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C.N. Douglas, comp.  Forty Thousand Quotations: Prose and Poetical.  1917.
 
Controversy
 
  Where violence reigns, reason is weak.
Chamfort.    
  1
  Fierceness makes error a fault and truth discourtesy.
George Herbert.    
  2
  He who is not open to conviction is not qualified for discussion.
Whately.    
  3
  Wise men argue causes, and fools decide them.
Anacharsis.    
  4
  All disputation makes the mind deaf; and when people are deaf, I am dumb.
Joubert.    
  5
  To think everything disputable is a proof of a weak mind and captious temper.
Beattie.    
  6
  Controversy, though always an evil in itself, is sometimes a necessary evil.
Whately.    
  7
  No great advance has ever been made in science, politics, or religion, without controversy.
Lyman Beecher.    
  8
  When men differ in any matter of belief, let them meet each other manfully.
F. Wayland.    
  9
  Doubtless there are times when controversy becomes a necessary evil. But let us remember that it is an evil.
Dean Stanley.    
  10
  Disputation carries away the mind from that calm and sedate temper which is so necessary to contemplate truth.
Dr. Watts.    
  11
  The precipitancy of disputation, and the stir and noise of passions that usually attend it, must needs be prejudicial to verity.
Glanvill.    
  12
  There is no dispute managed without passion, and yet there is scarce a dispute worth a passion.
Sherlock.    
  13
  It is very unfair in any writer to employ ignorance and malice together, because it gives his answerer double work.
Swift.    
  14
  If a cause be good, the most violent attack of its enemies will not injure it so much as an injudicious defence of it by its friends.
Colton.    
  15
  It is humbling to mankind to contemplate men capable of grasping eternal truths, fencing and debating in trivialities, like gladiators fighting with flies.
M. Nisard.    
  16
  Suspense of judgment and exercise of charity were safer and seemlier for Christian men than the hot pursuit of these controversies.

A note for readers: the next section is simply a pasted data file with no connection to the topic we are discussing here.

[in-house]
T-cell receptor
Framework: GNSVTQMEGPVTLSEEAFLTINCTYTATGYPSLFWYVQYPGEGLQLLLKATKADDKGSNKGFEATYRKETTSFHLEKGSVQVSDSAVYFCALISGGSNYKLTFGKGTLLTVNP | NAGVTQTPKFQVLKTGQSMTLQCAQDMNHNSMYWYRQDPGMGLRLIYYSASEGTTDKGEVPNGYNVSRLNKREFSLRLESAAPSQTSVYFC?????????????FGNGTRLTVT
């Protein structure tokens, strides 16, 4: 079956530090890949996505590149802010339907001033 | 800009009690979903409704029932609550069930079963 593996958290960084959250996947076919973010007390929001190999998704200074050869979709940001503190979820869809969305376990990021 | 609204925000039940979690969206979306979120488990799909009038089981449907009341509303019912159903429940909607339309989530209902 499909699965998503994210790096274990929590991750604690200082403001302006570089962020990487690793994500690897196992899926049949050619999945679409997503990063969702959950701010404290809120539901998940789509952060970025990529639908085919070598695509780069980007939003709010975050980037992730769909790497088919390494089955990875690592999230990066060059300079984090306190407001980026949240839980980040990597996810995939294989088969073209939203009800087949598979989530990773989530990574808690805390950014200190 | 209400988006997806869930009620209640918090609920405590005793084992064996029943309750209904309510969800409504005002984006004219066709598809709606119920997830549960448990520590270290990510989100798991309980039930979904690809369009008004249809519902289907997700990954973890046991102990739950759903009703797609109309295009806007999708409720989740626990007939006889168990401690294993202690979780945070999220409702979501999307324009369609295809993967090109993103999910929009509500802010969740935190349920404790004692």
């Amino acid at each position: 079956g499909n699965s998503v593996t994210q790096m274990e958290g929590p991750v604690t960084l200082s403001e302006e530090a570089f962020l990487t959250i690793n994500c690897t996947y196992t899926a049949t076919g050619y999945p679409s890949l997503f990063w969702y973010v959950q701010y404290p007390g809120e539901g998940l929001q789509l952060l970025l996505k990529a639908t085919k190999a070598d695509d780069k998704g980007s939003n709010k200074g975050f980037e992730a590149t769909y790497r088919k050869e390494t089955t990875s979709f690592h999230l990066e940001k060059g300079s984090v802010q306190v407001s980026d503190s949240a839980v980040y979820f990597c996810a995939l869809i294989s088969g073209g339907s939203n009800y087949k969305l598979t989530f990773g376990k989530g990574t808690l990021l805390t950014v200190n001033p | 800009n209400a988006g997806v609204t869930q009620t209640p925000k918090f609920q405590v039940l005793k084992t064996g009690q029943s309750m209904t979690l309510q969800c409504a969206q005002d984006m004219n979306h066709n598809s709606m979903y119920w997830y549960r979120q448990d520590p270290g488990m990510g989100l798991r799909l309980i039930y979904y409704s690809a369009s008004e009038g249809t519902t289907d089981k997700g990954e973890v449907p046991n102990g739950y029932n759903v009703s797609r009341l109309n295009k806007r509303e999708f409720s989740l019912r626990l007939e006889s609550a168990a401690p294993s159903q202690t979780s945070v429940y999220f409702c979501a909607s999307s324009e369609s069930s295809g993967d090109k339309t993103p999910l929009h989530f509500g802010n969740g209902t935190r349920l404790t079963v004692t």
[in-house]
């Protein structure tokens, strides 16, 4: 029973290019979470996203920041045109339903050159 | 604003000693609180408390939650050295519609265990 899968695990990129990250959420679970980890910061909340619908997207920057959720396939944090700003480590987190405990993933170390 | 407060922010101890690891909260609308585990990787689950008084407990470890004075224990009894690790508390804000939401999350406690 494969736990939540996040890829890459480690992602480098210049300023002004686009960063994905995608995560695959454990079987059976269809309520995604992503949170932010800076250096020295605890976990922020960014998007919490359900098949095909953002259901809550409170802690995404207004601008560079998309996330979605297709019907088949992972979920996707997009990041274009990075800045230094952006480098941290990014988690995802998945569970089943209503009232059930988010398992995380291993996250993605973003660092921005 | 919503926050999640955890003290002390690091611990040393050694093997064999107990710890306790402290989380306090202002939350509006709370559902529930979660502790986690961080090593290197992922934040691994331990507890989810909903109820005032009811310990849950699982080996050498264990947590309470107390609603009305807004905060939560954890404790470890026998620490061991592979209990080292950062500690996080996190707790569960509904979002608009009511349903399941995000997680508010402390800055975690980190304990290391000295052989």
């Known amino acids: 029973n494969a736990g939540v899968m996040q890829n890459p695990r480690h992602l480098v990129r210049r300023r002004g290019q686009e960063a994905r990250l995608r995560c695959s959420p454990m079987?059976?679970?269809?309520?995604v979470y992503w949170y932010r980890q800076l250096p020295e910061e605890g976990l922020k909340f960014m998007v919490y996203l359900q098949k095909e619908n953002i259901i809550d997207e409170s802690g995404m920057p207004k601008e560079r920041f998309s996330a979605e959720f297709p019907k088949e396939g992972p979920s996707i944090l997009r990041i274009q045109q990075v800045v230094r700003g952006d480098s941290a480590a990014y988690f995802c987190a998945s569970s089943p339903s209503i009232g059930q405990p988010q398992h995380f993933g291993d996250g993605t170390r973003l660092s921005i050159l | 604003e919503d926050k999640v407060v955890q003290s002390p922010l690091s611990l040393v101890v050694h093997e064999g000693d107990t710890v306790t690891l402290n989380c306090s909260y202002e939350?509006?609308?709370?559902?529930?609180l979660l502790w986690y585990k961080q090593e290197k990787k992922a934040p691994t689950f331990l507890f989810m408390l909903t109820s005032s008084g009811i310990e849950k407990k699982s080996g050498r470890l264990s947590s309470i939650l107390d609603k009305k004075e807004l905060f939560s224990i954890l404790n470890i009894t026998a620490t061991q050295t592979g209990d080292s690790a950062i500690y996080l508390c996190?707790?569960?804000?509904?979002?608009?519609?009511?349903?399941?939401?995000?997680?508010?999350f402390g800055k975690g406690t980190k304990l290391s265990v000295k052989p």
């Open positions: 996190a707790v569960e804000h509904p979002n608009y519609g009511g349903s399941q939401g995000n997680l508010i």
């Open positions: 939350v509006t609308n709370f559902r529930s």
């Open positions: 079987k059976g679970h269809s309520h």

Hooker.    
  17
  However some may affect to dislike controversy, it can never be of ultimate disadvantage to the interests of truth or the happiness of mankind.
Robert Hall.    
  18
  It is almost always the unhappiness of a victorious disputant to destroy his own authority by claiming too many consequences, or diffusing his proposition to an indefensible extent.
Dr. Johnson.    
  19
        He could raise scruples dark and nice,
And after solve ’em in a trice;
As if divinity had catch’d
The itch on purpose to be scratch’d.
Butler.    
  20
 
 
  Men of many words sometimes argue for the sake of talking; men of ready tongues frequently dispute for the sake of victory; men in public life often debate for the sake of opposing the ruling party, or from any other motive than the love of truth.
Crabbe.    
  21
        When civil dudgeon first grew high,
And men fell out, they knew not why;
When hard words, jealousies, and fears
Set folk together by the ears,
And made them fight, like mad or drunk,
For dame Religion, as for punk.
Butler.    
  22
  What Tully said of war may be applied to disputing: “It should be always so managed as to remember that the only true end of it is peace.” But generally true disputants are like true sportsmen,—their whole delight is in the pursuit; and the disputant no more cares for the truth than the sportsman for the hare.
Pope.    
  23
  There is no learned man but will confess he hath much profited by reading controversies,—his senses awakened, his judgment sharpened, and the truth which he holds firmly established. If then it be profitable for him to read, why should it not at least be tolerable and free for his adversary to write? In logic they teach that contraries laid together, more evidently appear; it follows then, that all controversy being permitted, falsehood will appear more false, and truth the more true; which must needs conduce much to the general confirmation of an implicit truth.
Milton.    
  24
  We are more inclined to hate one another for points on which we differ, than to love one another for points on which we agree. The reason perhaps is this; when we find others that agree with us, we seldom trouble ourselves to confirm that agreement; but when we chance on those who differ from us, we are zealous both to convince and to convert them. Our pride is hurt by the failure, and disappointed pride engenders hatred.
Colton.    
  25
 
 
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